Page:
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Procter & Gamble Co.'s Charmin has made a remarkable comeback, thanks in large part to a rather unusual merging of old and new.

The national introduction last year of Charmin Ultra was actually a "new and improved" product that replaced another brand altogether: the marketer's languishing White Cloud.

Jeff Jones, 41, president-paper products at P&G USA and also a group VP, credits an innovative sampling approach.

"For the first time, we left one-roll samples on the doors of millions of households," says Mr. Jones, who oversees Charmin.

Also, "Many of our retail customers were asked to try a new, but unidentified, bathroom tissue. ... They responded by quickly ordering and stocking it."

As a result, Charmin posted the strongest dollar gains in the close to $3 billion bathroom tissue category, with a 26.7% increase to nearly $824 million for the 52 weeks ended April 3, according to Information Resources Inc. In 1992, Charmin's supermarket sales were down about 11%.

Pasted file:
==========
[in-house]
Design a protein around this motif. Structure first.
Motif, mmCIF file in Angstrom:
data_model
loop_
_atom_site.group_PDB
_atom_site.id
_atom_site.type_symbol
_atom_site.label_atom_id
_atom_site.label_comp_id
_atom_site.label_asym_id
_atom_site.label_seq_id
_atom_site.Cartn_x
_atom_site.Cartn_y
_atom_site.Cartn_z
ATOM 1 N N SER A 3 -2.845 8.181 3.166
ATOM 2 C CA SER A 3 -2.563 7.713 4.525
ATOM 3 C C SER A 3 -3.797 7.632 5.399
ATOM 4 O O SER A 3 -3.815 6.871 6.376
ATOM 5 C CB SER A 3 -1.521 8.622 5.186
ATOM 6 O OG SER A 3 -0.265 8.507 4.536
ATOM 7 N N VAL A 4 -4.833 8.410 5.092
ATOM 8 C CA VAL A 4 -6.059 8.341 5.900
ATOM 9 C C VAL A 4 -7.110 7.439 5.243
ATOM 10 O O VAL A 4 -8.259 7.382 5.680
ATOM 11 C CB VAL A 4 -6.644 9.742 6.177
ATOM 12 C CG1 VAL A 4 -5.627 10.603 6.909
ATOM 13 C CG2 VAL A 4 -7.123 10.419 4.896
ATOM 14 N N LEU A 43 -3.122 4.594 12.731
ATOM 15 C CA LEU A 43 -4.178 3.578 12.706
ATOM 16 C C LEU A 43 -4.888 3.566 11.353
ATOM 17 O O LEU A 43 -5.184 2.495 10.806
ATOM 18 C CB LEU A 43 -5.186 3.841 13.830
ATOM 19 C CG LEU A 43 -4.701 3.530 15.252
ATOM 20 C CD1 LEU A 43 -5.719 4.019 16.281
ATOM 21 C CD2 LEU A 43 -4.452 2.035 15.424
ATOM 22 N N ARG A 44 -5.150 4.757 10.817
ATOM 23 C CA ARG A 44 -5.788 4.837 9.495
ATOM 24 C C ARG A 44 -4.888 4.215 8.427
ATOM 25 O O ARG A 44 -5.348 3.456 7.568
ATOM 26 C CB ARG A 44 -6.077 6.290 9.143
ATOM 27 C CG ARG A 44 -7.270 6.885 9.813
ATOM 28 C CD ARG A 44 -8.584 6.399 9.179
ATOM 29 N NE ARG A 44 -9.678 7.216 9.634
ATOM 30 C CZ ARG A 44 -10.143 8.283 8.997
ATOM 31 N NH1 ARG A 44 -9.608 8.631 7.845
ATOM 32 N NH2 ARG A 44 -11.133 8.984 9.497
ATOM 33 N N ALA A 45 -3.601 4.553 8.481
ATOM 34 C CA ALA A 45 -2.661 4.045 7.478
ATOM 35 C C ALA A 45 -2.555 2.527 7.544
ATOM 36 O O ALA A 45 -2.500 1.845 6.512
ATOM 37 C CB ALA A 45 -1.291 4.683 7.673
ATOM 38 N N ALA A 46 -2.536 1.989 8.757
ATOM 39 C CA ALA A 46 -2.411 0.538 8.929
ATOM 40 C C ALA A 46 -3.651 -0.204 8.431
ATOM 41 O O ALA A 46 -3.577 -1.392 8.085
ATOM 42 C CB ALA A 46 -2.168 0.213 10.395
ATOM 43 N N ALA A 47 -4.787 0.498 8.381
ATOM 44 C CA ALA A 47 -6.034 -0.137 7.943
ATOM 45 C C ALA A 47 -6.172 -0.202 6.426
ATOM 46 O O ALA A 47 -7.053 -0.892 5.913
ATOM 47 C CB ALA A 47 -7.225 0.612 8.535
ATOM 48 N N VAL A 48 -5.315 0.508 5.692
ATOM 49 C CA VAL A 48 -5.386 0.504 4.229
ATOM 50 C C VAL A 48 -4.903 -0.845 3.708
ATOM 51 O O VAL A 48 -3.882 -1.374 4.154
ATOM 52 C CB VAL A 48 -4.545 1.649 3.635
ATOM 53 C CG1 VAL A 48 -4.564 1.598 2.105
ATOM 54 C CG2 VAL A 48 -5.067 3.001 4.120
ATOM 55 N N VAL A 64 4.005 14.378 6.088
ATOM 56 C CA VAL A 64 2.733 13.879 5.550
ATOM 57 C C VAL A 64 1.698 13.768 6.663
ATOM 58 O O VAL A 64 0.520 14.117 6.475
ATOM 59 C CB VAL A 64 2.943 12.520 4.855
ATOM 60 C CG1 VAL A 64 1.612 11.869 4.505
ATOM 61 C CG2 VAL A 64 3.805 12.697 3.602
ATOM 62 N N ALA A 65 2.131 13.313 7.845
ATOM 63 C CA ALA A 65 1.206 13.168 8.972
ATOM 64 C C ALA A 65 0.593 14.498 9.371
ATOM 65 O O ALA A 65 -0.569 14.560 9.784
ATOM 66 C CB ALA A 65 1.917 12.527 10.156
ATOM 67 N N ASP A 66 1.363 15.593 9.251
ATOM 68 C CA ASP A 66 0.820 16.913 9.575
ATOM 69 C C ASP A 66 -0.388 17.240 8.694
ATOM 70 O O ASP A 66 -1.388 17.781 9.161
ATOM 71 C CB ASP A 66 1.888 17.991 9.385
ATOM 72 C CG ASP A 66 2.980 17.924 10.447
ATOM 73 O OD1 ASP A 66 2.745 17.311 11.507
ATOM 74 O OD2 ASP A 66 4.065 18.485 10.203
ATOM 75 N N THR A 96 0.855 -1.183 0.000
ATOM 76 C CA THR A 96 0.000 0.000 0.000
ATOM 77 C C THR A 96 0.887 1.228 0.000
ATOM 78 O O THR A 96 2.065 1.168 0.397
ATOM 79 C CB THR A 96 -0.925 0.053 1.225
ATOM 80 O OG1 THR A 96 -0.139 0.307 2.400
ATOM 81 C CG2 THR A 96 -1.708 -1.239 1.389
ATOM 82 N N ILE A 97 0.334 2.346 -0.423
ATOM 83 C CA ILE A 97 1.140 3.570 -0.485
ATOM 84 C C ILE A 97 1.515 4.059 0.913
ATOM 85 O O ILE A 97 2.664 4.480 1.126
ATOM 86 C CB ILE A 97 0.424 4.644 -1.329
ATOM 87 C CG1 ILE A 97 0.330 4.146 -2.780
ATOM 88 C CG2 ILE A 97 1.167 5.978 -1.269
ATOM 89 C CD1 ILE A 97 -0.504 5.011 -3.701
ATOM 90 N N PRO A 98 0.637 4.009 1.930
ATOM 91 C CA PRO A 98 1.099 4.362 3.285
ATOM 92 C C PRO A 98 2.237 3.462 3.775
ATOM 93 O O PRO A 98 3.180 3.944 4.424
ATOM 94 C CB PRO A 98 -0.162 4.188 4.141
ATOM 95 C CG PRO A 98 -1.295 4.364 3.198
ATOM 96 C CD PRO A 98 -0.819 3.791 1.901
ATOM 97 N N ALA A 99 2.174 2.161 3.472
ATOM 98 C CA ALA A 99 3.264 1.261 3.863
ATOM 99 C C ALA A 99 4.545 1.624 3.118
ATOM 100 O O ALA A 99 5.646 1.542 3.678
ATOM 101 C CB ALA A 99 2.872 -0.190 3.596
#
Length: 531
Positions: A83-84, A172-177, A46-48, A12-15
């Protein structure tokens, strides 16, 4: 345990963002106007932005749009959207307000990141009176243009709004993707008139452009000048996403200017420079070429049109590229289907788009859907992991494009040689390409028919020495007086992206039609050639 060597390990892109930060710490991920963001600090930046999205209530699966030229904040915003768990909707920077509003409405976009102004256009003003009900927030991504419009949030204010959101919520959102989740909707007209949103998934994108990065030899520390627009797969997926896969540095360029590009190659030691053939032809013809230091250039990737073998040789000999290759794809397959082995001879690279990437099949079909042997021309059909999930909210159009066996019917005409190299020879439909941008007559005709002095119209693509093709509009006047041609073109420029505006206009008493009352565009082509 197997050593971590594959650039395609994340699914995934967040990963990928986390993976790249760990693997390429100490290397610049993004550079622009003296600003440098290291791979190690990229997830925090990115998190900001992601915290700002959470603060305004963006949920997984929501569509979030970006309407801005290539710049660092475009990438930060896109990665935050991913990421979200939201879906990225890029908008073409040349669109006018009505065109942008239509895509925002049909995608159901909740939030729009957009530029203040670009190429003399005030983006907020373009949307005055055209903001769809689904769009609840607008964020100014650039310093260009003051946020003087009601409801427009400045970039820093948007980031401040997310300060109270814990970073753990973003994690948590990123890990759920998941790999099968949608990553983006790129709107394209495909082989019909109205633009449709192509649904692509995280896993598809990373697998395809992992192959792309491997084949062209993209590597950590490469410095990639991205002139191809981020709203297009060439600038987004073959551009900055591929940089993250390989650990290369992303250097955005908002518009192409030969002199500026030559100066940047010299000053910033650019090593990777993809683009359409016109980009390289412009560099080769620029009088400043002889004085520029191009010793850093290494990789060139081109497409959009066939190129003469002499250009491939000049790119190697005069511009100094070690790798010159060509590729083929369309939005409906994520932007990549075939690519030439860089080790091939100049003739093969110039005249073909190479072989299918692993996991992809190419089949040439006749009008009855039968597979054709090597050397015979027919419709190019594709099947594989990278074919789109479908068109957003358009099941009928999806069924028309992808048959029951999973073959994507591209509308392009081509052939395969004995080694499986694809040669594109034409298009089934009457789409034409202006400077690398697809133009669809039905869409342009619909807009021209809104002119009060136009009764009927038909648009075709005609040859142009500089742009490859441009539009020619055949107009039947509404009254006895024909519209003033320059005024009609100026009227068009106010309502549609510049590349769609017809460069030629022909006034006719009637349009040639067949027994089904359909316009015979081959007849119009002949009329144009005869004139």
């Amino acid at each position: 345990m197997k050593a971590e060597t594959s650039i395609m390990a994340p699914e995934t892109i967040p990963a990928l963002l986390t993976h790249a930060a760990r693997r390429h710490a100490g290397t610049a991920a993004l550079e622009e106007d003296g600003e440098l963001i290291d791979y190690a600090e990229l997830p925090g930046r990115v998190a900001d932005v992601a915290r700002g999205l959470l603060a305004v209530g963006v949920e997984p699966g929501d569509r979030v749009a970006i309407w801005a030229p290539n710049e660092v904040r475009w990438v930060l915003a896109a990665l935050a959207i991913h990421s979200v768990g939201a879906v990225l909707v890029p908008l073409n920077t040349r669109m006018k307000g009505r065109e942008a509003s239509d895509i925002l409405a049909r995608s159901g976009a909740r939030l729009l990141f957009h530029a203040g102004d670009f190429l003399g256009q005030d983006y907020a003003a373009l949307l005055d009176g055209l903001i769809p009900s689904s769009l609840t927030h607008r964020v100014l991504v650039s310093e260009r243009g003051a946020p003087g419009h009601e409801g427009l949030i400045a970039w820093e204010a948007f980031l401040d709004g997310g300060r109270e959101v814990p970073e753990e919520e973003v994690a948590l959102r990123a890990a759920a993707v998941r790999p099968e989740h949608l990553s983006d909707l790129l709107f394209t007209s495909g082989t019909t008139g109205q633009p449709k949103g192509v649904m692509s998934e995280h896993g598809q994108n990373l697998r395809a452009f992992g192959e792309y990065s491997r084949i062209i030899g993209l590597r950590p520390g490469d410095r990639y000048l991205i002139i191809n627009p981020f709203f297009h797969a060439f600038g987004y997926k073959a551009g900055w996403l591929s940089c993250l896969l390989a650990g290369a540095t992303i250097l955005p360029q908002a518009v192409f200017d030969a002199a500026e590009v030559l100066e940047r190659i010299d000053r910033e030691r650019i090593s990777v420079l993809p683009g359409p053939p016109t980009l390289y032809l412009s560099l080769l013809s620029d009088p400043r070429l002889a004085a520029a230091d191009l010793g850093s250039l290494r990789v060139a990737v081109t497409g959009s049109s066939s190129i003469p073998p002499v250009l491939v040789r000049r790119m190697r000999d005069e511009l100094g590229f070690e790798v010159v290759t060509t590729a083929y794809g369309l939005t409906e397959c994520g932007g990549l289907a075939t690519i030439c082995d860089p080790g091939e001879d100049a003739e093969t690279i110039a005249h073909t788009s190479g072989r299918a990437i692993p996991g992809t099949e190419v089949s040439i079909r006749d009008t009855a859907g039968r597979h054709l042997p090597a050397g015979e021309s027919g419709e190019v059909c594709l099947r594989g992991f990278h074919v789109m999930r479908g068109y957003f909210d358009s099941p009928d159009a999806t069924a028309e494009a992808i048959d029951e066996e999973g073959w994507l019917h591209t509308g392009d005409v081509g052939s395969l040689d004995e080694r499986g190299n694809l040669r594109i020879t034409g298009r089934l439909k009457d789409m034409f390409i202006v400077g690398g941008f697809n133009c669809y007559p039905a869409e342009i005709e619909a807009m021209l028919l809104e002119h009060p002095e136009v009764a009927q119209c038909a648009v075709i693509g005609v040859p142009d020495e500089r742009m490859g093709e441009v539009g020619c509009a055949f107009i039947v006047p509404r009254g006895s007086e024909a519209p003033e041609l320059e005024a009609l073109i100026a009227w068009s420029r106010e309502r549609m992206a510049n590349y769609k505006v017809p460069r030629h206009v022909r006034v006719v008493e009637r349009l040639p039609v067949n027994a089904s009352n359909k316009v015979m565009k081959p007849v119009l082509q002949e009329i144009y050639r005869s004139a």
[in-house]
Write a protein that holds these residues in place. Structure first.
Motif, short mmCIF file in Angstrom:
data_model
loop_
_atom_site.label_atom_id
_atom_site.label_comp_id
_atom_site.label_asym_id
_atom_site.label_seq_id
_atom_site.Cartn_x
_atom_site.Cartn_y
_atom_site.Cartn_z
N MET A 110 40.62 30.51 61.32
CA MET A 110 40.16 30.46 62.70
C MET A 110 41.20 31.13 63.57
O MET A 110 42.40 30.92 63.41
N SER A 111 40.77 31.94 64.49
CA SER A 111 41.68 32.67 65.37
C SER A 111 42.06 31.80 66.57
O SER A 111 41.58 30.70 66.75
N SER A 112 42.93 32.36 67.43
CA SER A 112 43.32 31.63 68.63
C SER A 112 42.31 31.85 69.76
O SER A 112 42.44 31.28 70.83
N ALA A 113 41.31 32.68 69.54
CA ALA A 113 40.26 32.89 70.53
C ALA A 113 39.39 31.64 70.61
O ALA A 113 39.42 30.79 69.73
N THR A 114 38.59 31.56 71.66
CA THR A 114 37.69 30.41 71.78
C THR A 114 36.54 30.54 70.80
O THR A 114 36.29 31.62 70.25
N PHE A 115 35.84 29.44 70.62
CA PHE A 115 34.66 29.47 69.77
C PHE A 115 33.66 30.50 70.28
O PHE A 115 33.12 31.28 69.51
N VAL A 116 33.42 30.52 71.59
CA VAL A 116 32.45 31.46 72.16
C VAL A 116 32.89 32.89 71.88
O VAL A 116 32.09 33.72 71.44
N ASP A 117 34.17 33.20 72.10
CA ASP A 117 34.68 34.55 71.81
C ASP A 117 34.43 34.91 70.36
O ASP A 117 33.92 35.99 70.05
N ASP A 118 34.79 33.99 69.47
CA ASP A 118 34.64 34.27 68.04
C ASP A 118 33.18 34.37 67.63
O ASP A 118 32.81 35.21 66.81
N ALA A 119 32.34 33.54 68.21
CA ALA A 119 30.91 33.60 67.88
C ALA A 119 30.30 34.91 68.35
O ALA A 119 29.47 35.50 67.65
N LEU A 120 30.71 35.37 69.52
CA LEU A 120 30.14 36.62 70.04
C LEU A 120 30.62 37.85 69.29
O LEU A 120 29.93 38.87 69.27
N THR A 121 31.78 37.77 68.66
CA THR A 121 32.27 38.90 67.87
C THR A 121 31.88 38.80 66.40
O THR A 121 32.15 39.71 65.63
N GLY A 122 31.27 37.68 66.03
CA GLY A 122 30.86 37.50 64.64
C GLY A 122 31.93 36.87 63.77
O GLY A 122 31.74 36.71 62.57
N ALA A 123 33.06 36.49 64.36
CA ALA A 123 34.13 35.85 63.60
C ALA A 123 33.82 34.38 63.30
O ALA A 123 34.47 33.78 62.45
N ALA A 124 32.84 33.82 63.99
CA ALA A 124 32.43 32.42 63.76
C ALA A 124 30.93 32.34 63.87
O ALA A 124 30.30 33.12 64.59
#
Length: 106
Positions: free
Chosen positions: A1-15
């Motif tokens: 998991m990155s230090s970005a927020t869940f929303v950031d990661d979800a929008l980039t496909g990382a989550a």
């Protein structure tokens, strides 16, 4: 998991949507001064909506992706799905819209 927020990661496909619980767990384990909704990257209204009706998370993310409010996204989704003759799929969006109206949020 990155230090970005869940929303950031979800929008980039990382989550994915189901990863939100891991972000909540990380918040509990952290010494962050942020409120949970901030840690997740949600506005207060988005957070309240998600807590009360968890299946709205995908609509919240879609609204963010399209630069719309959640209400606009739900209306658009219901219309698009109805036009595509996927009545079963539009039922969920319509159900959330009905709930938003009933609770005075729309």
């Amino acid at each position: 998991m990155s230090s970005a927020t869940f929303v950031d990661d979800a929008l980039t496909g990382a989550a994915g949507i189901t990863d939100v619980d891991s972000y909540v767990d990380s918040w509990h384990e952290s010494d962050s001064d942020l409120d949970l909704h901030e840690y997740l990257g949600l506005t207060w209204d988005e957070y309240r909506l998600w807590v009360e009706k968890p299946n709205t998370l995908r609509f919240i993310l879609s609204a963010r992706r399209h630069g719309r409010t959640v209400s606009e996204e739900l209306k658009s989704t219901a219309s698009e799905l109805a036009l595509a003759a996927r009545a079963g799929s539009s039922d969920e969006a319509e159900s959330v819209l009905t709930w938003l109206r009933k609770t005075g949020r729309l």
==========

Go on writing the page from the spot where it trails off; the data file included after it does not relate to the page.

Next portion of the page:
P&G tested Charmin Ultra in Southeast markets in late '92, with the challenge of converting White Cloud's small yet loyal customer base to Charmin. Packaging was used to explain the change, and consumers responded.

Charmin Ultra went national in 1993, with advertising from D'Arcy Masius Benton & Bowles, New York.

Mr. Jones, who began his career with P&G in 1976, after receiving an MBA from Harvard, notes in typical corporate overstatement and understatement: "Charmin Ultra's superior absorbency and softness, combined with a novel approach to communicating these benefits, has led to very strong share results."

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